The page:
22 Entertainment Storytelling: the telling of legends and fables which forms a community’s collective memory. Song, music, dance, and card playing. Guy Fawkes Night (bonfire night) Nov 5 th. Big events: weddings, holidays, the end to trapping season...


24 Christmas Special Food Gifts could include things like meat and fish Each community had their own traditions, while others were universal across the island.


26 Entertainment and Recreation “Copying Pans” – children jump from one floating ice pan to another as a form of entertainment. Mummering – disguised people visit homes during the winter. Games – rounders, piddly, tug o war – Many life skills were practiced in childhood games. Sports – The Royal St. John’s Regatta

27 Questions Pg. 102 1) How did Aboriginal peoples entertain themselves? 2) Name 2 of them most common instruments used in traditional NF music. 3) Name 2 summer activities 4) What is a Nalujuit? what did it do? 5) What children’s activities originated because people lived by the sea? 6) What did children use as snow slides?

28 Community Life The church played an active role, providing many services including education. The church was often the center of religious, social and educational life: choir, Sunday School. Schools were run by charitable organizations or missionary groups. Newfoundland School Society aimed to provide free education to all denominations.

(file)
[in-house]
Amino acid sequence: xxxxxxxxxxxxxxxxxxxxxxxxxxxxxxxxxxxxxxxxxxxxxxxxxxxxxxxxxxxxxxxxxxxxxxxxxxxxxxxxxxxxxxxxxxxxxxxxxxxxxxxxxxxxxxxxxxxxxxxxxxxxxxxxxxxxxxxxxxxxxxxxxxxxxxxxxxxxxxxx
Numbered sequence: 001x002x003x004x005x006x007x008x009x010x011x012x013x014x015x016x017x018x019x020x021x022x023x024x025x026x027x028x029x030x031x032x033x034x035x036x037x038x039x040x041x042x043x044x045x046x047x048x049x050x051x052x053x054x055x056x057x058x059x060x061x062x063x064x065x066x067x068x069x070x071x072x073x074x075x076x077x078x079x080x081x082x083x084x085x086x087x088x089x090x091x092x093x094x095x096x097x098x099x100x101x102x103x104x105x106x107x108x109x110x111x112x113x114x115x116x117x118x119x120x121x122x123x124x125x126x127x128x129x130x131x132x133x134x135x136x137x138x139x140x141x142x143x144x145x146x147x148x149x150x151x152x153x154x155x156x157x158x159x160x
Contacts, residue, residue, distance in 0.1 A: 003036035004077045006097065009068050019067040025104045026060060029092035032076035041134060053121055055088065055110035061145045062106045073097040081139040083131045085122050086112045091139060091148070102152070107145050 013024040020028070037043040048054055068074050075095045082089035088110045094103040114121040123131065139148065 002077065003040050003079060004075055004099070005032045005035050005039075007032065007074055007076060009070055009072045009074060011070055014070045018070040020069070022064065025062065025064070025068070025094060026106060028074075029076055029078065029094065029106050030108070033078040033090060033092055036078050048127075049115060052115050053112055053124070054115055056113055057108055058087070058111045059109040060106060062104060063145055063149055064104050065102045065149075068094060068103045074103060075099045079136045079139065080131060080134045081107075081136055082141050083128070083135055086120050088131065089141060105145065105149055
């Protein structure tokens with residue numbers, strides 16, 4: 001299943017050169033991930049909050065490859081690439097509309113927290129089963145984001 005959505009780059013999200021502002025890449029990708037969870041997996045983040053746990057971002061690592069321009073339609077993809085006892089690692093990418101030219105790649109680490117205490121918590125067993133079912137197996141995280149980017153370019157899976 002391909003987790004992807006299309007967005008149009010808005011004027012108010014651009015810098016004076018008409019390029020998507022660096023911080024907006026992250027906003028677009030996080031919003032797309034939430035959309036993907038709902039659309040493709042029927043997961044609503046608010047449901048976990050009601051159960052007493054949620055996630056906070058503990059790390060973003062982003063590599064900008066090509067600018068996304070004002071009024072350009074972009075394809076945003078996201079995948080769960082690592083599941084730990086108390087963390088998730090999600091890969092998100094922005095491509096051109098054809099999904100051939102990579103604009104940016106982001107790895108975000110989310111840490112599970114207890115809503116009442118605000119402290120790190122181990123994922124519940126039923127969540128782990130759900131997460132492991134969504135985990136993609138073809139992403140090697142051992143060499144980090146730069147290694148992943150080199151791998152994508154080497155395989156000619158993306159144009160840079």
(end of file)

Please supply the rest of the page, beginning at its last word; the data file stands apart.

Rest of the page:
30 Health Care The basis of health care in 1800’s was community. Used plants and home remedies passed down from generation to generation Women took care of the sick and pregnant but trained nurses were a minority. Few hospitals as most medical care took place in the home. Poverty and poor diet caused numerous diseases.


32 Questions pg. 110 - 114 1. What is the NSS, and why did it gradually decline? 2. What was done to cure snow blindness? 3. What was the purpose of hospitals? 4.List 5 facts about Sir Wilfred Grenfell and Mary Southcott.

33 Communications Contact with the outside world was limited. The “grapevine” (word of mouth) and mail were used to communicate. Communication was improved with the Telegraph, using morris code NL became connected with the rest of North America. via underwater cables

34 Communications Dec. 12 th, 1901, Marconi received first wireless radio signal from England, on Signal Hill. (Cabot Tower).


36 Transportation The sea isolated Newfoundlanders but it also was a principal link to the rest of the world. The steamer increased transportation, postal services, and newspaper distribution. Roads were rare and inaccessible during winter.

37 Transportation Travel existed by sled and dog, snowshoes and canoes The railway construction in the late 1800’s increased transportation and opened up the island.


39 Questions pg. 117 1) Who were the main contacts communities had with the outside world? 2) What 2 points was the first transatlantic message between? 3) What did residents do when steamers arrived in their town? 4) Name 2 things Steamers brought with them